Available from Roy Danforth (c/o Chet Danforth), 6934 Lake Tree Lane, Citrus Heights, CA 95621. Third edition, July 1997. 72 pages, including 32 pages of color photographs. Paperback. $7.50 postpaid.
(Price/availability info may have changed since original publication of review.)
This is a delightful book for people who would be interested in reading about very unusual fruits. I for one have never seen and mostly never heard of most of them. Danforth and Noren are missionaries who work to help the local farmers improve their "tree gardening" in the northwest corner of the Democratic Republic of Congo, formerly Zaire. The soil there is very poor, with high acidity (pH 4.5) and toxic amounts of iron and aluminum oxides.
The authors write, "Because deforestation by the people for gardens, firewood, construction poles, etc. has accelerated the deterioration of the environment and the plight of the people, there is tremendous potential for the use of fruit trees in tropical agroforestry systems in Congo." The area has many native fruits of various sorts and the authors have collected 25 of the best to discuss and illustrate.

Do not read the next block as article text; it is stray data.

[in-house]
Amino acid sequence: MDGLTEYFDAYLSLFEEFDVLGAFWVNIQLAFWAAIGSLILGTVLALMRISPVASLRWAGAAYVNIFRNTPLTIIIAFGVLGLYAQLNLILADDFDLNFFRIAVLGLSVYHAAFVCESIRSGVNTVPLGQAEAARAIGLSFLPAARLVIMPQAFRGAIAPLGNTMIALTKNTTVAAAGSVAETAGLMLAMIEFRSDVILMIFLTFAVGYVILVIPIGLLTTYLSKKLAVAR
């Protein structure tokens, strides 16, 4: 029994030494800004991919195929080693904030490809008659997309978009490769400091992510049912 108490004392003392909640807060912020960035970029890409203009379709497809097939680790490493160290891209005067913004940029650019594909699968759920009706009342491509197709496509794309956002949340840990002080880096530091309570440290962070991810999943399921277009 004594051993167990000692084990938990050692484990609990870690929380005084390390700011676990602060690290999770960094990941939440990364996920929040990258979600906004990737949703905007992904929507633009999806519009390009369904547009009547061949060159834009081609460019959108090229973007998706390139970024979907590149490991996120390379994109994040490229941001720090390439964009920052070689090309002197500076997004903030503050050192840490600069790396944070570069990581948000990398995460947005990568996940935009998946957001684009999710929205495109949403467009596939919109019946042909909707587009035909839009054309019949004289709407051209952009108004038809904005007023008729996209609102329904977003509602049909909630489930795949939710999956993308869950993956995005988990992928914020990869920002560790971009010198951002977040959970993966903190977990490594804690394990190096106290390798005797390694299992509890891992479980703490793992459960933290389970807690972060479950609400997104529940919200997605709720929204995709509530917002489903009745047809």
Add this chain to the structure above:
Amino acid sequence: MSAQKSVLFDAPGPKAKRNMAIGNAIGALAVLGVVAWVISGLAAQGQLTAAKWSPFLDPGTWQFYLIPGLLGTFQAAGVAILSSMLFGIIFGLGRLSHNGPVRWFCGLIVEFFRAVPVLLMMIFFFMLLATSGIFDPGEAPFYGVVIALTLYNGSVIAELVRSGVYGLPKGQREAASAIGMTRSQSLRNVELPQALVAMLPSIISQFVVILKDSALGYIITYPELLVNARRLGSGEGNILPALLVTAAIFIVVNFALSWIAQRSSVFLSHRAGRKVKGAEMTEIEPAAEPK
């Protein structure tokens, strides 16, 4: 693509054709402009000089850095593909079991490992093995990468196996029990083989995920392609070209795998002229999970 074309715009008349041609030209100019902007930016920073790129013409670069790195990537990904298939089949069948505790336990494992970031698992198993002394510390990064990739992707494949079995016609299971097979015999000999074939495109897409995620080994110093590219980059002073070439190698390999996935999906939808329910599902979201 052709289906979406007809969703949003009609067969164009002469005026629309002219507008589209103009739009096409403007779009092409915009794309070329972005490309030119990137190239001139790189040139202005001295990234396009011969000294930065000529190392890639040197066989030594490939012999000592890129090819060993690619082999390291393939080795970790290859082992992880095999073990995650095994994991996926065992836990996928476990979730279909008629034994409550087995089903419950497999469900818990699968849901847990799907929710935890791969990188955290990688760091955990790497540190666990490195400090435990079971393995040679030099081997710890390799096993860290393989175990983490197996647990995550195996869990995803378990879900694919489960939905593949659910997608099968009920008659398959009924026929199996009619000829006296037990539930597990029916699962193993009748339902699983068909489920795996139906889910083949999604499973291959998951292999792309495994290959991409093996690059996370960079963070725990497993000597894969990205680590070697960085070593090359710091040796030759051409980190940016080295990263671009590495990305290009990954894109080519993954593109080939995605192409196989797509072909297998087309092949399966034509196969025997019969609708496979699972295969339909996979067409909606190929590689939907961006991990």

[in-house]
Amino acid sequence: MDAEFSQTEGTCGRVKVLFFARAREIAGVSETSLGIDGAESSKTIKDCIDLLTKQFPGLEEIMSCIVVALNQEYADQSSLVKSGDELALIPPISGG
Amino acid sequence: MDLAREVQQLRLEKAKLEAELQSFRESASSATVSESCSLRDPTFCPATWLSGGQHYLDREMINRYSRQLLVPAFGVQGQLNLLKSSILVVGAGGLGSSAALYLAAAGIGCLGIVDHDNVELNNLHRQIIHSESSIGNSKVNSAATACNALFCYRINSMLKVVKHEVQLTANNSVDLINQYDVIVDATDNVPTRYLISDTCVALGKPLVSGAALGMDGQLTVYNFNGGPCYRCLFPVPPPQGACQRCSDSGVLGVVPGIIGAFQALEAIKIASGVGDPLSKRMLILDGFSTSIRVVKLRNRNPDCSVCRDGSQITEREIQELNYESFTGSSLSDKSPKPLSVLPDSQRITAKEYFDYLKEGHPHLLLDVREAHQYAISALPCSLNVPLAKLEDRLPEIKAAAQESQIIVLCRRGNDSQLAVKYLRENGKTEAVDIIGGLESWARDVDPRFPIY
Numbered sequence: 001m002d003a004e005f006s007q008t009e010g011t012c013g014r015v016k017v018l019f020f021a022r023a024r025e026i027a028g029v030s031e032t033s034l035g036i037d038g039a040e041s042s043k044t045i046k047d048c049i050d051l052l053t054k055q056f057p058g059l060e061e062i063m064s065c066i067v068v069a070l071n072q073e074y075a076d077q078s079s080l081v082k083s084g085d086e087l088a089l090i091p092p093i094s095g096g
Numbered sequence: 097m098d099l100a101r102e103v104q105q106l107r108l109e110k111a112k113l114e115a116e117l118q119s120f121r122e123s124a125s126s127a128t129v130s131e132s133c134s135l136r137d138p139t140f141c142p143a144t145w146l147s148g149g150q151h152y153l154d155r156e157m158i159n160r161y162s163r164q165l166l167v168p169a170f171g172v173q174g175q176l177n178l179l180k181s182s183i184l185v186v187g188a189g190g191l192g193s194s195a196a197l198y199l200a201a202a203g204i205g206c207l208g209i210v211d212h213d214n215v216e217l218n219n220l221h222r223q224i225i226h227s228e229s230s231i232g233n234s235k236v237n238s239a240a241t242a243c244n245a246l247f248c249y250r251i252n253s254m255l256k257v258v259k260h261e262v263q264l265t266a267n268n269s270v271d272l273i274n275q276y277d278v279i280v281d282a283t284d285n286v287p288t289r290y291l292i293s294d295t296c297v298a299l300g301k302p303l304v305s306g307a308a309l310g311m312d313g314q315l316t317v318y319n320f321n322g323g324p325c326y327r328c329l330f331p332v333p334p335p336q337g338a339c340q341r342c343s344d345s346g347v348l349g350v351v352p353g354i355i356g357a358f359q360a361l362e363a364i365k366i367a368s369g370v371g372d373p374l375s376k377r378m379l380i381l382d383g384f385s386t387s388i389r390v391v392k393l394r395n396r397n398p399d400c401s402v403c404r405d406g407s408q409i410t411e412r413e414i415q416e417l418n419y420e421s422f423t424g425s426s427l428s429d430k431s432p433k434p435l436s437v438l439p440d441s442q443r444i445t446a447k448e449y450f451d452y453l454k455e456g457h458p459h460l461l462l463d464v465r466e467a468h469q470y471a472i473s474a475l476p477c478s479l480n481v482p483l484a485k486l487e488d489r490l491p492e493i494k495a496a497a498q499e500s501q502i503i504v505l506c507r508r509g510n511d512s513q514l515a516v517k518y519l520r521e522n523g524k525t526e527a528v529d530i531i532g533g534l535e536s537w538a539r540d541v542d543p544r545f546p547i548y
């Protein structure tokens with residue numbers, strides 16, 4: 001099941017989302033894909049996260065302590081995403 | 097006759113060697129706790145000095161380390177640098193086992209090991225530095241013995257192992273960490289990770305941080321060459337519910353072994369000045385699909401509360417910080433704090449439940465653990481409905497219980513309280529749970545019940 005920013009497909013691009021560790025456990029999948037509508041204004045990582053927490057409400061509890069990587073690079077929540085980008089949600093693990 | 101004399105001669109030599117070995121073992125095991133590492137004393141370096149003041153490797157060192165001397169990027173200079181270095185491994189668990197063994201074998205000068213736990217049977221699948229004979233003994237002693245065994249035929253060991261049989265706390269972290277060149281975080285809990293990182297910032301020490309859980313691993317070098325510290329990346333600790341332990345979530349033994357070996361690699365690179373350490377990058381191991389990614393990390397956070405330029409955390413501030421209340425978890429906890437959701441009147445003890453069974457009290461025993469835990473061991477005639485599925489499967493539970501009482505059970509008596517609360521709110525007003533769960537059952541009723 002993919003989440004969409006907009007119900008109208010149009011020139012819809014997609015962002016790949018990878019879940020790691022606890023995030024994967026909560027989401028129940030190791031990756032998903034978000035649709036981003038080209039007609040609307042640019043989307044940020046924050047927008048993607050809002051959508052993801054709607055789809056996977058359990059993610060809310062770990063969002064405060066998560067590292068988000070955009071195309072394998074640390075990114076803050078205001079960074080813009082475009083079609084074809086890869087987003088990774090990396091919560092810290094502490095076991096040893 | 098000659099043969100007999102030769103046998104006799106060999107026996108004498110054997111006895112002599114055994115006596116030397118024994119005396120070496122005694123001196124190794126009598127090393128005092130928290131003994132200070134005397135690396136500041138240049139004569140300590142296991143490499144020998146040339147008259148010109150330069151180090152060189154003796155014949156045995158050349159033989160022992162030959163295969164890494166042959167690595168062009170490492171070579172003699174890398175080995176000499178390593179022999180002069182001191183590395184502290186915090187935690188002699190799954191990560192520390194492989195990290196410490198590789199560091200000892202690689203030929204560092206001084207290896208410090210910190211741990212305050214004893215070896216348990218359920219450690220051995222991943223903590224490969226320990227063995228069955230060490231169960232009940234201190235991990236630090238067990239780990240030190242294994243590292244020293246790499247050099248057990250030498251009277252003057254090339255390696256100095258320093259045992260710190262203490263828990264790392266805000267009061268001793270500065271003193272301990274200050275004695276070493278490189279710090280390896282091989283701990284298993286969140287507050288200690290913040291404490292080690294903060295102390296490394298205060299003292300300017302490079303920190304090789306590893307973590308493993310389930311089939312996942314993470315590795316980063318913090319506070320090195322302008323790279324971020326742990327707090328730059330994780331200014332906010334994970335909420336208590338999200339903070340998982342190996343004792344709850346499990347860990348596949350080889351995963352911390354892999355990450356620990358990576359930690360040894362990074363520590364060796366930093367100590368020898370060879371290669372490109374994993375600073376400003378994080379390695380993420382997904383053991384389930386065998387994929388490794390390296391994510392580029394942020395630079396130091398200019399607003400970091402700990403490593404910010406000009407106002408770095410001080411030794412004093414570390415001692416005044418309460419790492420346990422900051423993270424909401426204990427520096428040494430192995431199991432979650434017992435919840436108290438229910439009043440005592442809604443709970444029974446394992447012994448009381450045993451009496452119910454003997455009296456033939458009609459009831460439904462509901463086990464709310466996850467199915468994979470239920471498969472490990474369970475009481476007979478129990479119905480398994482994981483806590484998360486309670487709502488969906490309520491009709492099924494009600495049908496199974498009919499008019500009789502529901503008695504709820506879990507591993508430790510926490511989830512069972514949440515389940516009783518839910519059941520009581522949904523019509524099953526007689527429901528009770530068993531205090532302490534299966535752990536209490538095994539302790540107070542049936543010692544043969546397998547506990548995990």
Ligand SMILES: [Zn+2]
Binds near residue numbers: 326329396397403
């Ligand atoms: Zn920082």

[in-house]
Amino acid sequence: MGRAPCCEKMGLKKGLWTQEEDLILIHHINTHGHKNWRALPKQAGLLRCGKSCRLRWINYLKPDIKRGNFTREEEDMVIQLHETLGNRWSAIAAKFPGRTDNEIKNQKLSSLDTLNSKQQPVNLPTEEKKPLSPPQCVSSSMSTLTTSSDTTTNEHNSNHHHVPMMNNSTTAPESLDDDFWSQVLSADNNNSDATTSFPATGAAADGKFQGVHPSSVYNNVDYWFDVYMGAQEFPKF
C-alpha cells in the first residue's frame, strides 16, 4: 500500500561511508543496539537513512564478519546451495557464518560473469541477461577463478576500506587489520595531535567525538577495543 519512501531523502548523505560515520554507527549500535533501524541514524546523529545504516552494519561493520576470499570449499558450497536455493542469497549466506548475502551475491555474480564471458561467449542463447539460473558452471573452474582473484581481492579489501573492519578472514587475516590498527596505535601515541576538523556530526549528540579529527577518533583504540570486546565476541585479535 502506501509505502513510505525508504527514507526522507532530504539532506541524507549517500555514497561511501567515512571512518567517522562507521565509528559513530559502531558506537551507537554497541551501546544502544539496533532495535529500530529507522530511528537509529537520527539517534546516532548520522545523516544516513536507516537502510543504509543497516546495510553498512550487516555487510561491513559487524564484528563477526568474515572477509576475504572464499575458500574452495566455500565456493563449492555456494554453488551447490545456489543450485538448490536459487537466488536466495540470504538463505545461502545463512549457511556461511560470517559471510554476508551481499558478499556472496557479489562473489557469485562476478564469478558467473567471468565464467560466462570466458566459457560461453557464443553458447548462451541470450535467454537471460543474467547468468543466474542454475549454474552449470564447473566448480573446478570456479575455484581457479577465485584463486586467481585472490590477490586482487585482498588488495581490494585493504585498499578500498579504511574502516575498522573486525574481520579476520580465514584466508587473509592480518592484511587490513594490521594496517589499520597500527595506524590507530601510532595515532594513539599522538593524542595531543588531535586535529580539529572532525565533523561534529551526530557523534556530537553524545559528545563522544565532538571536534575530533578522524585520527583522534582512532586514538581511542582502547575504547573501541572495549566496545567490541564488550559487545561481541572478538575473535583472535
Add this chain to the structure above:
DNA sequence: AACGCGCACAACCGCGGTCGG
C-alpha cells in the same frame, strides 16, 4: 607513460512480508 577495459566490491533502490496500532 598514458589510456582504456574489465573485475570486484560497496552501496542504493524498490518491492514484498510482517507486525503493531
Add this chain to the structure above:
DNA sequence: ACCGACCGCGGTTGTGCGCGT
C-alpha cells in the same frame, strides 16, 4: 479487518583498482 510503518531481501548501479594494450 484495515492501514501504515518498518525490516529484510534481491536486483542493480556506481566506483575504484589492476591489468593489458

Each fruit, denoted by its scientific name, is described in about a page of pithy prose which conveys the basic facts about the nature of the tree or vine, the fruit, bearing age, growing conditions, propagation cultivation practices, uses, seed availability and a few miscellaneous notes such as identification of fruits that will "stink up" the house if kept indoors. In the back of the book the authors give paragraph descriptions of 25 more fruits of the area, and then list nine more beyond that.
The authors offer to provide seeds in season for a very modest fee per kind, and invite fruit growers to exchange seeds that they are proud of. The pictures clearly illustrate the fruit and the trees. These are not printed as glossy, show photographs, but rather as businesslike images and they perform a very useful function. In addition to stimulating the imagination, the book brings a real feeling for the rainforest/savanna where the authors work. I recommend the book for anyone who likes to read about fruits. While this is a private, amateur publication, I believe that at the price it is a bargain.